Springing Visits on the Buckeyes
This is the first year the NCAA has allowed official recruiting visits during the spring. Traditionally, visits have taken place from September through February, so this was a brand new experience for college football coaches.
Some coaches, like Clemson’s Dabo Swinney, did not want to extend invitations for official visits. Ohio State, however, has done so sparingly. And only in certain circumstances.
Wide receiver Garrett Wilson visited officially this spring and committed to OSU two weeks later. They are also expected to host Texas quarterback Grant Gunnell at the end of the month.
“We don’t want to have people visit that aren’t going to decide until next December or even next January,” Urban Meyer said. “That’s too long to hold someone. So we’re being very selective. It’s going to be interesting though. This is all new for everybody. I think timing is going to be of the essence, and that means if you’re going to make an early decision, we’ll consider an early visit.”
Picking and Choosing
How does a coach go about picking a quarterback in a hotly-contested competition? It depends on the coach. Some coaches rely on analytics and chart all of the data and come to a decision. Other coaches watch, take it all in, and then trust their gut to make the right call.
How does Urban Meyer do it?
“Data’s second,” he said this spring. “It’s something that helps you because it’s also factual.”
The ability to throw the ball is something that anybody can see, but the intangibles to get the job done in the most difficult of circumstances are what the Buckeye coaches are actually looking for.
“Well, I think with a quarterback, a lot of it is leadership and some of the impact they can have on the team,” said quarterbacks coach Ryan Day. “Because it’s not just taking the ball and throwing it. There’s a lot of other things that go in it: competitiveness, leadership, toughness, football IQ, decision making. All of those things. So, all of those things go into it when we evaluate quarterbacks.”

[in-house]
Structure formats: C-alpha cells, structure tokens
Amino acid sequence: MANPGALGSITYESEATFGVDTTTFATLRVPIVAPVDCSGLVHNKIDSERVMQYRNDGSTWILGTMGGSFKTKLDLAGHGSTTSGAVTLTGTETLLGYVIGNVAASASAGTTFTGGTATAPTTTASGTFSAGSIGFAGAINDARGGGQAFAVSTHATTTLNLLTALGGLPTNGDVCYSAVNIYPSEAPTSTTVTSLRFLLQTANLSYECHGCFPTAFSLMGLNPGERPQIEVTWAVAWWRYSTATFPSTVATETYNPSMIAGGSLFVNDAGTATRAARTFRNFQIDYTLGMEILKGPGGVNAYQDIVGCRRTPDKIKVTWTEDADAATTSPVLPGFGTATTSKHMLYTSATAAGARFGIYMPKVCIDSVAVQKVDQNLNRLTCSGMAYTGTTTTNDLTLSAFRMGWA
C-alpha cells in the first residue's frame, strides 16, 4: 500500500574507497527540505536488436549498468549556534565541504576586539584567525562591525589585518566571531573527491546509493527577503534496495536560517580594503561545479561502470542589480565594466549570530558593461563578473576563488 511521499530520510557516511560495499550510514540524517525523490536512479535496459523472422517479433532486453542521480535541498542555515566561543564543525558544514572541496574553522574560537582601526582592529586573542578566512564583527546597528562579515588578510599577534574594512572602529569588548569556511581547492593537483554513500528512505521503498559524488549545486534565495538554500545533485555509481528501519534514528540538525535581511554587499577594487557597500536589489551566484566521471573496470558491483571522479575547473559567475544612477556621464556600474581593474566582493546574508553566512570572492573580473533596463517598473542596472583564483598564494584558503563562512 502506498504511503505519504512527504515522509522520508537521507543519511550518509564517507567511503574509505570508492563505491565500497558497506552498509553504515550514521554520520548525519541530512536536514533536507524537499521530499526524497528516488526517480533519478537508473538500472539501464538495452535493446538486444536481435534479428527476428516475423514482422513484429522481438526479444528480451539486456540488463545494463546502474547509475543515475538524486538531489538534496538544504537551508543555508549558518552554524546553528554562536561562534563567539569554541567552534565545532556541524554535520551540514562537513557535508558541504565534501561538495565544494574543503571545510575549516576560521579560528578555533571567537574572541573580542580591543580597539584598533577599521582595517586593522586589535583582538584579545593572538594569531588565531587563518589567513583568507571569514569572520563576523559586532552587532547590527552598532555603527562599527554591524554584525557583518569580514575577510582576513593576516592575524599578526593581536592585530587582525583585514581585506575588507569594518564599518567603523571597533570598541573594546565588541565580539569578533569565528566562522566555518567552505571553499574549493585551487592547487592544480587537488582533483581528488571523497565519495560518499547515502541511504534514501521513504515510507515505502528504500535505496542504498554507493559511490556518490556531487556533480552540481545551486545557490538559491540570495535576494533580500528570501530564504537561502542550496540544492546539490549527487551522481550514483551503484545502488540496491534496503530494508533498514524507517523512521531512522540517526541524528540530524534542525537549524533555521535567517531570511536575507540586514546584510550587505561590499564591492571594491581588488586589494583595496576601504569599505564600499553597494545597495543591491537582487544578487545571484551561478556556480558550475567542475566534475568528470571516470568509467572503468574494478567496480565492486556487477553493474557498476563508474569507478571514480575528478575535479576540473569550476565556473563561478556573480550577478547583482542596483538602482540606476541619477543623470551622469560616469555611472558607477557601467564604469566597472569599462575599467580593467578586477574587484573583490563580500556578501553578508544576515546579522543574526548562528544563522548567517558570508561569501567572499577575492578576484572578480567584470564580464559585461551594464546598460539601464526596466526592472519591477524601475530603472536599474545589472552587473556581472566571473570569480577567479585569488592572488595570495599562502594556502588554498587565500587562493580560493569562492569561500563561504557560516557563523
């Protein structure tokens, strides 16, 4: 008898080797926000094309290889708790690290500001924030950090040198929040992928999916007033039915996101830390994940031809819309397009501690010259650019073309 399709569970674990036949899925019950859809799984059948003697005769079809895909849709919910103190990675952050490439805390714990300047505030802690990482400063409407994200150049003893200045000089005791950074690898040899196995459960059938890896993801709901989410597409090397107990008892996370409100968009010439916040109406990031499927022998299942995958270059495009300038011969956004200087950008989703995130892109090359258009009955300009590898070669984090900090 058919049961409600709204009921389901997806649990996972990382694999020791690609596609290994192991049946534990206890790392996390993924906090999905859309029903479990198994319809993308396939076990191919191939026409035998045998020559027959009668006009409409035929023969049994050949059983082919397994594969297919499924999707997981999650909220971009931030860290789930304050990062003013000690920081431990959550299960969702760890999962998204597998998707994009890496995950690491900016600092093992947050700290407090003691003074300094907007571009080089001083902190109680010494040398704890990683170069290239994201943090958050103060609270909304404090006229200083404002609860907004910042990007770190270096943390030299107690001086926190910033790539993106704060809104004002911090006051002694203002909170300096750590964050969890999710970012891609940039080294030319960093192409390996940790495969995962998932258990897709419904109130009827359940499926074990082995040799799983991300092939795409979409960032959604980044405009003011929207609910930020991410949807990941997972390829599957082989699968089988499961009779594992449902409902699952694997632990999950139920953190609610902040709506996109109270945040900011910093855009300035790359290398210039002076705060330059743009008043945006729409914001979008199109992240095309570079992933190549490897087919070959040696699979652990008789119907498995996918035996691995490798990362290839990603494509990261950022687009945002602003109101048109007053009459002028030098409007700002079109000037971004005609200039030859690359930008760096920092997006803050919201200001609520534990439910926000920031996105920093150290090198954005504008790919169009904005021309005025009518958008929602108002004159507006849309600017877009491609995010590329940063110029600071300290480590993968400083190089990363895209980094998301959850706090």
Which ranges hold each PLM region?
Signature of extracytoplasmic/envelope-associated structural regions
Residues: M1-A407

Competition is the Norm
The quarterback competition was the story of spring camp for the Ohio State football team, but now that it has been settled with the departure of Joe Burrow, there are other competitions that have yet to be settled.
The linebacker position, for instance, has three jobs completely up for grabs. It’s a constant battle for every linebacker to earn their coaches’ trust, but it’s something that they have become accustomed to.
“At Ohio State that’s all we do is compete,” said junior linebacker Keandre Jones. “That winner mentality, you want to win every rep, you want to win everything you do, whether it’s on the field or off the field, you want to win in everything you do. So, we’re all competitors.”
The acceptance of the competition is one of the reasons why Urban Meyer and linebacker coach Bill Davis left the spring so confident that they will get the job done.
“[Meyer] is confident in our abilities,” Jones said. “And that just encourages us to keep pushing and making that linebacker room known that we’re here to stay and we’re here to step up and lead that defense to victory.”
Replacing Denzel Ward
Replacing cornerbacks who have been drafted in the first round has become old hat for Ohio State nowadays.
Eli Apple replaced Bradley Roby, Marshon Lattimore replaced Apple, and last year Kendall Sheffield and Damon Arnette replaced Lattimore and Gareon Conley. This year, the Buckeyes have to replace Denzel Ward, who was selected fourth overall in the 2018 NFL Draft by the Cleveland Browns.
Arnette and Sheffield are back and joining them are a trio of talented second-year players, led by Jeff Okudah.
For many coaches, replacing the fourth overall draft pick can be daunting. For OSU cornerbacks coach Taver Johnson, however, he’s not too worried.
“Very. Very confident,” he said. “Again, just from what I’ve seen, and not just out here on the field but from what I’ve seen in the meeting room, in the training room, and weight room, I’m very excited. Very excited. I know we’ll be able to answer the bell.”